The iconic star played as communications officer Uhura on the original Star Trek sci-fi series in the 1960s. Nichols and her co-star William Shatner produced a landmark moment when they shared one of the first interracial kisses in television history.
As Blavity previously reported, Nichols was honored with the NASA Exceptional Public Achievement Medal when she made her final Comic-Con appearance in Los Angeles in December. As the trailblazer received recognition for her four decades of work in diversifying the ranks within the space agency, she rose from her wheelchair to accept the award.
The star’s son, Kyle Johnson, addressed the audience at the event.
“A life well-lived is reward enough, every day, and my mother’s certainly had a life well lived in many respects,” Johnson told the audience, according to People. “This is an exceptional recognition, and I’m of course very proud of her for all that she’s done, and the value and the meaning of her work. Not just as an actress, but very real and important work that she inspired and enabled people to understand.”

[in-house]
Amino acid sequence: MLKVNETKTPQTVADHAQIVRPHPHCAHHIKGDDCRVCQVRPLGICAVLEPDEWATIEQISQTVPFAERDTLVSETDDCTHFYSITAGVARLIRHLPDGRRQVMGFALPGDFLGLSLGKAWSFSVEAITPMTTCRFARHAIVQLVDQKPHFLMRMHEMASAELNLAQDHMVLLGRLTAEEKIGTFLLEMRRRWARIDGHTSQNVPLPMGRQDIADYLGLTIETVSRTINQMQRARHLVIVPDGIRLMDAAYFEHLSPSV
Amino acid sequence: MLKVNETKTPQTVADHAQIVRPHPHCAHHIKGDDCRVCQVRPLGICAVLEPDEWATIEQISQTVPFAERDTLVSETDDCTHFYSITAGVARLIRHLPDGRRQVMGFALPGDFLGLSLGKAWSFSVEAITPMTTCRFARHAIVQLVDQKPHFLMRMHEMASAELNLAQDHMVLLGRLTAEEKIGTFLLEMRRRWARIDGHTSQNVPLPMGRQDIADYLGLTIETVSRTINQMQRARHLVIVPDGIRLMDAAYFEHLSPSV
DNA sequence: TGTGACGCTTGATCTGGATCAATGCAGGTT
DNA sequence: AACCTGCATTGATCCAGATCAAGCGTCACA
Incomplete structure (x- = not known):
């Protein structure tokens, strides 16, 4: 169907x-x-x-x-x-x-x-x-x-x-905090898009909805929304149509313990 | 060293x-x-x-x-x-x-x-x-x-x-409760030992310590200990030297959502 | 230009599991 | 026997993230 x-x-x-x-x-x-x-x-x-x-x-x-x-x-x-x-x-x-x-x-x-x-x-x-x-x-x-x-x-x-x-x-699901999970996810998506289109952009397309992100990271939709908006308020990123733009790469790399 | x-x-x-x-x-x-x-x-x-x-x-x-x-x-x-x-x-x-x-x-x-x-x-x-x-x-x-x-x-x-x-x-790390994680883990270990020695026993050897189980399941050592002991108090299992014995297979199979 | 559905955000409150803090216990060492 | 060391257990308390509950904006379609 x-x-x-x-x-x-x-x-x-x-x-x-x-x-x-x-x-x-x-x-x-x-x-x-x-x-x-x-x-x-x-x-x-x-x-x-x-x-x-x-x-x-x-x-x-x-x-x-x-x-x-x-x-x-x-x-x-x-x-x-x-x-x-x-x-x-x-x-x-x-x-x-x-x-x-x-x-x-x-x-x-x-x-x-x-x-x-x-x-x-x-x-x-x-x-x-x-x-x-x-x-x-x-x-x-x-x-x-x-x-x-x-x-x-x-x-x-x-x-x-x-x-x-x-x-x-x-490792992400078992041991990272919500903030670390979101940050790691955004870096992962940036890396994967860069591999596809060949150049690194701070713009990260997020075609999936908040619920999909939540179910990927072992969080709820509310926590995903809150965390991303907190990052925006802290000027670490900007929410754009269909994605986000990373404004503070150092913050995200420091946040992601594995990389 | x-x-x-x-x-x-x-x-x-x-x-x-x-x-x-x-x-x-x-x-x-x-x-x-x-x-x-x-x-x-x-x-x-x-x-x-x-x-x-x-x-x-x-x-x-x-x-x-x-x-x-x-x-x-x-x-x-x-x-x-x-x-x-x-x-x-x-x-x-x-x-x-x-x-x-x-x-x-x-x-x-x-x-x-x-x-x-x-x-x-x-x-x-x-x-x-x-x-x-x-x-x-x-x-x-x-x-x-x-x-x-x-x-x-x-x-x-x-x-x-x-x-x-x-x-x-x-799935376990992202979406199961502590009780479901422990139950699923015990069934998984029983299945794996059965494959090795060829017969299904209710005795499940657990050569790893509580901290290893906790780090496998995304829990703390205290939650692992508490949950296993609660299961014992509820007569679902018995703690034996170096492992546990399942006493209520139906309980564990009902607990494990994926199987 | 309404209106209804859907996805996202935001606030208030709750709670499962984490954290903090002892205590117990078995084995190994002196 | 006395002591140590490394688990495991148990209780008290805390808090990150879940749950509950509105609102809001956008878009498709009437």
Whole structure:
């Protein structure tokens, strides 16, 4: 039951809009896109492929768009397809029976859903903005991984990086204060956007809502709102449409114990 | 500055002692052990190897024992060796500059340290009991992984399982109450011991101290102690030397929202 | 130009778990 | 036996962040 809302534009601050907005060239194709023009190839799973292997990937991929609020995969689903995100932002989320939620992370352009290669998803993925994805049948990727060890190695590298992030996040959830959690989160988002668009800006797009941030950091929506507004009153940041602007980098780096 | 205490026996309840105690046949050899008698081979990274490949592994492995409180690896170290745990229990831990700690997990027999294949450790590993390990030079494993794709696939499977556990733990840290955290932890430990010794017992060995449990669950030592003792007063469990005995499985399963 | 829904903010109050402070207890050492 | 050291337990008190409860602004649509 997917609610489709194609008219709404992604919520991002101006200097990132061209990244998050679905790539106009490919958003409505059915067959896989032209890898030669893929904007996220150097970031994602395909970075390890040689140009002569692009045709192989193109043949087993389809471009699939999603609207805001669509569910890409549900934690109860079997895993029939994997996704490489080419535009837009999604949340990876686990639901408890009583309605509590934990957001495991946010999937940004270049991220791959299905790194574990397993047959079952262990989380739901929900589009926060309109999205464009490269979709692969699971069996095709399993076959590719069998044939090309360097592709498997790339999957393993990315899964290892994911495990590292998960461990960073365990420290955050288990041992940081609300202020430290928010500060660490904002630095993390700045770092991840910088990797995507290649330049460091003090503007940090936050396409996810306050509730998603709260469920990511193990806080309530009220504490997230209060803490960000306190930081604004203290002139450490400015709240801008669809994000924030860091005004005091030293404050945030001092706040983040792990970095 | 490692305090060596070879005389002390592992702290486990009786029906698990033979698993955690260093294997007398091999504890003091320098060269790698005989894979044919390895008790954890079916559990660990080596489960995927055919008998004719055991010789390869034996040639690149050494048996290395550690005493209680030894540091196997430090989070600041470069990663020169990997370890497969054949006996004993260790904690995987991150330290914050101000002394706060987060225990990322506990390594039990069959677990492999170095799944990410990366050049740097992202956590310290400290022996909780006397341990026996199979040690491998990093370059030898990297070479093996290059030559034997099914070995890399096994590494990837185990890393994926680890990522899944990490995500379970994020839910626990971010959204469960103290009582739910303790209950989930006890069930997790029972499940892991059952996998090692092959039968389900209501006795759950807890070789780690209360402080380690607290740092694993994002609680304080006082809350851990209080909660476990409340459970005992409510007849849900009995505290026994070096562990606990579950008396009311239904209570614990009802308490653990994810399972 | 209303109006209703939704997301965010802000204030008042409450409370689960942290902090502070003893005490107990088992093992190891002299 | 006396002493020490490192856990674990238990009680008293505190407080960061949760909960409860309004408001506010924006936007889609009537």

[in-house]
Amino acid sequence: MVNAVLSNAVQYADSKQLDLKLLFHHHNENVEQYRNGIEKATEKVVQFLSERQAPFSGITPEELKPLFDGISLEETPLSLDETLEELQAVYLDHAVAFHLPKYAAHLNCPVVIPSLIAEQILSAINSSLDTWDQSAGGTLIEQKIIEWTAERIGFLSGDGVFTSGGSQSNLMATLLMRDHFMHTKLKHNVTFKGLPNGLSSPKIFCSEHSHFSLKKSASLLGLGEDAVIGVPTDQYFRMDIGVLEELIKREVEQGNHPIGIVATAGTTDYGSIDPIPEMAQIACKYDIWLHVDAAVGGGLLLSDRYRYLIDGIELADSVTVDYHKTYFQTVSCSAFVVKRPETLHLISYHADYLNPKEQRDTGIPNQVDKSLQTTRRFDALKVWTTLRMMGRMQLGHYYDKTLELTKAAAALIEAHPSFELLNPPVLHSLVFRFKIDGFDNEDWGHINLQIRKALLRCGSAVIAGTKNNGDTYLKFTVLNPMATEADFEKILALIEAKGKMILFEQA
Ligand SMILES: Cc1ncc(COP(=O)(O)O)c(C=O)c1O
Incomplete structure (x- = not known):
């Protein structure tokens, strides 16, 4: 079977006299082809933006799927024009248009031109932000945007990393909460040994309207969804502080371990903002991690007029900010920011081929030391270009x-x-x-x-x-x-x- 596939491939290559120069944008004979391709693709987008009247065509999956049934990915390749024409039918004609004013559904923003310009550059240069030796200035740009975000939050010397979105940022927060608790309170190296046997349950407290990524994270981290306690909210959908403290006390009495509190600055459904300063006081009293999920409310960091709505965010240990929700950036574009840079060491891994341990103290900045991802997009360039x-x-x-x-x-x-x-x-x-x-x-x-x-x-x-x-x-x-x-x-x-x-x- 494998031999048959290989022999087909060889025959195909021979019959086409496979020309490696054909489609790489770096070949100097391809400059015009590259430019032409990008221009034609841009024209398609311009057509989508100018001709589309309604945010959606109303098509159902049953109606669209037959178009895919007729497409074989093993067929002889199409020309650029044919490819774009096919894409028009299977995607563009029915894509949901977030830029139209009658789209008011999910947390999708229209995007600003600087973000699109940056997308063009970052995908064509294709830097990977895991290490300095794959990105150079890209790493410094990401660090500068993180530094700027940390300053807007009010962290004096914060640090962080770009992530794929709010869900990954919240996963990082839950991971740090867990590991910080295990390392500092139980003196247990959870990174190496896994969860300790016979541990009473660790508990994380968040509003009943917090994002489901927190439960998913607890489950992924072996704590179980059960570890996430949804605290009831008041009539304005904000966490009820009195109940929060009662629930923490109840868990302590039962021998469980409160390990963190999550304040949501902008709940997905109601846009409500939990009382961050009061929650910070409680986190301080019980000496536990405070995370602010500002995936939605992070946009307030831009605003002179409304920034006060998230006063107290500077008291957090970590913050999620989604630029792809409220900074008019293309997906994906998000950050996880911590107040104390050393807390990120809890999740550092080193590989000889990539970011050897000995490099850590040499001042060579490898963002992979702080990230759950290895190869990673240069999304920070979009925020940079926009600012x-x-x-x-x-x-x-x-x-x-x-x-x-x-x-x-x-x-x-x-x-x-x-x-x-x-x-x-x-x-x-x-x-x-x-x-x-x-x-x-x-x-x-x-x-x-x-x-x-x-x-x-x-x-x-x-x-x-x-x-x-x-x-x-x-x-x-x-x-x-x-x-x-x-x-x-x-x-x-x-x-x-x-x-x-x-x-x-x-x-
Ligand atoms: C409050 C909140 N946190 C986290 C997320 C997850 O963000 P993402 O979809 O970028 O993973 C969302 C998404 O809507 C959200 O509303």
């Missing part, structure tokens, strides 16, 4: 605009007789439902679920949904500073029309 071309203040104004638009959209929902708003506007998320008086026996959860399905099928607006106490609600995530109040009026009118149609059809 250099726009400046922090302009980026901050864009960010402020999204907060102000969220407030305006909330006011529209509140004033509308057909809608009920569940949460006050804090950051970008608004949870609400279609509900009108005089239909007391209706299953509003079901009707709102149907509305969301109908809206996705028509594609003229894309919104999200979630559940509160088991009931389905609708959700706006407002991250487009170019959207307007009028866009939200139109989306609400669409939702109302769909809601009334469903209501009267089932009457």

Nichols, who made her mark with her performance on stage and on TV, faced a setback in 2018 when she was diagnosed with dementia. Still, she appeared to be in good spirits during her final Comic-Con appearance.
Legendary astronaut Dr. Mae Jemison also raved about Nichols’ legacy when she spoke at the L.A. Comic-Con.
“One of the things that you’ve heard everyone say when they talk about meeting and spending any time in Miss Nichelle Nichols’ presence is warmth and generosity,” Jemison said. “And you feel like you’ve known her, because she is that real, not just relatable, but that important and sentient in our lives. She said to me, ‘Life is what the universe gave you for free when you were born. But style is what you do with it.’”